What Is the Knowledge Economy? Definition, Criteria, and Example

What Is the Knowledge Economy?

The knowledge economy is a system of consumption and production that is based on intellectual capital. In particular, it refers to the ability to capitalize on scientific discoveries and applied research.

The knowledge economy represents a large share of the activity in most highly developed economies. In a knowledge economy, a significant component of value may consist of intangible assets such as the value of its workers' knowledge or intellectual property.

Key Takeaways

  • The knowledge economy describes the contemporary commercialization of science and academic scholarship.
  • In the knowledge economy, innovation based on research is commodified via patents and other forms of intellectual property.
  • The knowledge economy lies at the intersection of private entrepreneurship, academia, and government-sponsored research.
  • Knowledge-related industries represent a large share of the activity in most highly developed countries.
  • A knowledge economy depends on skilled labor and education, strong communications networks, and institutional structures that incentivize innovation.


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Understanding the Knowledge Economy

Developing economies tend to be heavily focused on agriculture and manufacturing, while highly developed countries have a larger share of service-related activities. This includes knowledge-based economic activities such as research, technical support, and consulting.

The knowledge economy is the marketplace for the production and sale of scientific and engineering discoveries. This knowledge can be commodified in the form of patents or other intellectual property protections. The producers of such information, such as scientific experts and research labs, are also considered part of the knowledge economy.

The Bayh-Dole Act of 1980 was a major turning point in the treatment of intellectual property in the U.S. because it allowed universities to retain title to inventions or discoveries made with federal R&D funding and to negotiate exclusive licenses.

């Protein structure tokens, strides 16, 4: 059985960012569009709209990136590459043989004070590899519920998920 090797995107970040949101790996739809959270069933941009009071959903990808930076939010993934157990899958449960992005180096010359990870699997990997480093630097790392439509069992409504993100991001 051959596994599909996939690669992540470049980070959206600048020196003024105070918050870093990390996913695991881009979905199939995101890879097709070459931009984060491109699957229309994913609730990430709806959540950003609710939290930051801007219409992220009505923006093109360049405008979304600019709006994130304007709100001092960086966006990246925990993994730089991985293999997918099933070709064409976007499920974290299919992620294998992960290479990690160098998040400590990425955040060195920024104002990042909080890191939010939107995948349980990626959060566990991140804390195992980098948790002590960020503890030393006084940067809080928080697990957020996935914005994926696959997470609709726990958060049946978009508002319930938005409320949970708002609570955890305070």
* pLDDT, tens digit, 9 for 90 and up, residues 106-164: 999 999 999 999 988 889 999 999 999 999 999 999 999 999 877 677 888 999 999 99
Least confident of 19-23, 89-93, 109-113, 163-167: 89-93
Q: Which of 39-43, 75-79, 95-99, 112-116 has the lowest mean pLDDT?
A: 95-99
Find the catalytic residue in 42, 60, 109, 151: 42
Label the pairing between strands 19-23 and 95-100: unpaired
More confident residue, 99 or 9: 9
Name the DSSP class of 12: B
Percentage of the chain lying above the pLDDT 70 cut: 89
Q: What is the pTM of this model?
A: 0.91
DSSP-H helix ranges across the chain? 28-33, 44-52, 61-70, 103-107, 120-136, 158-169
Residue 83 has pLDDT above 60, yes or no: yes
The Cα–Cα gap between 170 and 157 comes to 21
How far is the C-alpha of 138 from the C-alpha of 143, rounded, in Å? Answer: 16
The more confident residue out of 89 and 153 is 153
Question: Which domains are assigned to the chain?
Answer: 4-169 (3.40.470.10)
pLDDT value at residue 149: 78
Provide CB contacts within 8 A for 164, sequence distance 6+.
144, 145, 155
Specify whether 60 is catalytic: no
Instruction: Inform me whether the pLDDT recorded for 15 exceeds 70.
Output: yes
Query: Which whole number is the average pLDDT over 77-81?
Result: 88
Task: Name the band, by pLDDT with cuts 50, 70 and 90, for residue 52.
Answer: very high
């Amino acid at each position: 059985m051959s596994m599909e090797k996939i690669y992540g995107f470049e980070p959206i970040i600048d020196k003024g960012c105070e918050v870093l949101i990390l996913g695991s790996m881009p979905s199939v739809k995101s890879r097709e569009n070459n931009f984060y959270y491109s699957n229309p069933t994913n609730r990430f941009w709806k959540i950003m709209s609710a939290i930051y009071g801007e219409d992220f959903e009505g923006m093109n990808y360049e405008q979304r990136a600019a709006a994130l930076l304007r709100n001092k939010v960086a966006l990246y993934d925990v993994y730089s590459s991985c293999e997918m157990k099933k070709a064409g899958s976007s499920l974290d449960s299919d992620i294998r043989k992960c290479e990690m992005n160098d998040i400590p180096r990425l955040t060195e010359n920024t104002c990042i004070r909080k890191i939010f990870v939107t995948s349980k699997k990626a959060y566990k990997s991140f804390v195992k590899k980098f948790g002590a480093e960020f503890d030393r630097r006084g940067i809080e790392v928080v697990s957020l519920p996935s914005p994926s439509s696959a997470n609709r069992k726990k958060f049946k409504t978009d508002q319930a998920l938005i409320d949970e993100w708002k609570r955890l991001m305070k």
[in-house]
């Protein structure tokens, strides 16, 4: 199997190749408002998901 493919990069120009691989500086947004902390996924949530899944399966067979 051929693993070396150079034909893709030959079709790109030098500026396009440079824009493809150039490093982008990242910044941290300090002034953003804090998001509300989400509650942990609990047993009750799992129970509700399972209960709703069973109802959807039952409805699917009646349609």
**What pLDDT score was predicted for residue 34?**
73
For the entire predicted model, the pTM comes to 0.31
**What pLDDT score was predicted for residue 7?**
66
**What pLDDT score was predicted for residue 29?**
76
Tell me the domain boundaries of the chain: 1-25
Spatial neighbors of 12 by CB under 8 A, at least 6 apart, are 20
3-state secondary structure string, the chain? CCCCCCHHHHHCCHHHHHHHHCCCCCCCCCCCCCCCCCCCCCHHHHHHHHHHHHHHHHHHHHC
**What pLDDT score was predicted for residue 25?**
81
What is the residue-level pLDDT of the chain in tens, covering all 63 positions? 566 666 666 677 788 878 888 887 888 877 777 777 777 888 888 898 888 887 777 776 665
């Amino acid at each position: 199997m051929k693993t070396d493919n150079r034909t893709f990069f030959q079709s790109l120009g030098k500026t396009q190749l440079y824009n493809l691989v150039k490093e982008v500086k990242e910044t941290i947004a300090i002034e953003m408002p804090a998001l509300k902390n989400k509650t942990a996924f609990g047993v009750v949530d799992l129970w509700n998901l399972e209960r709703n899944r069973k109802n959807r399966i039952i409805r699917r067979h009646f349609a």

Thanks to globalization, the world economy has become more knowledge-based, bringing with it the best practices from each country's economy. Also, knowledge-based factors create an interconnected and global economy where human expertise and trade secrets are considered important economic resources.

However, it is important to note that generally accepted accounting principles (GAAP) do not allow companies to include these assets on their balance sheets.

The modern commercialization of academic research and basic science has its roots in governments seeking military advantage.

Knowledge Economy and Human Capital

The knowledge economy addresses how education and knowledge—that is, "human capital"— can serve as a productive asset or business product to be sold and exported to yield profits for individuals, businesses, and the economy.

This component of the economy relies greatly on intellectual capabilities instead of natural resources or physical contributions. In the knowledge economy, products, and services that are based on intellectual expertise advance technical and scientific fields, encouraging innovation in the economy as a whole.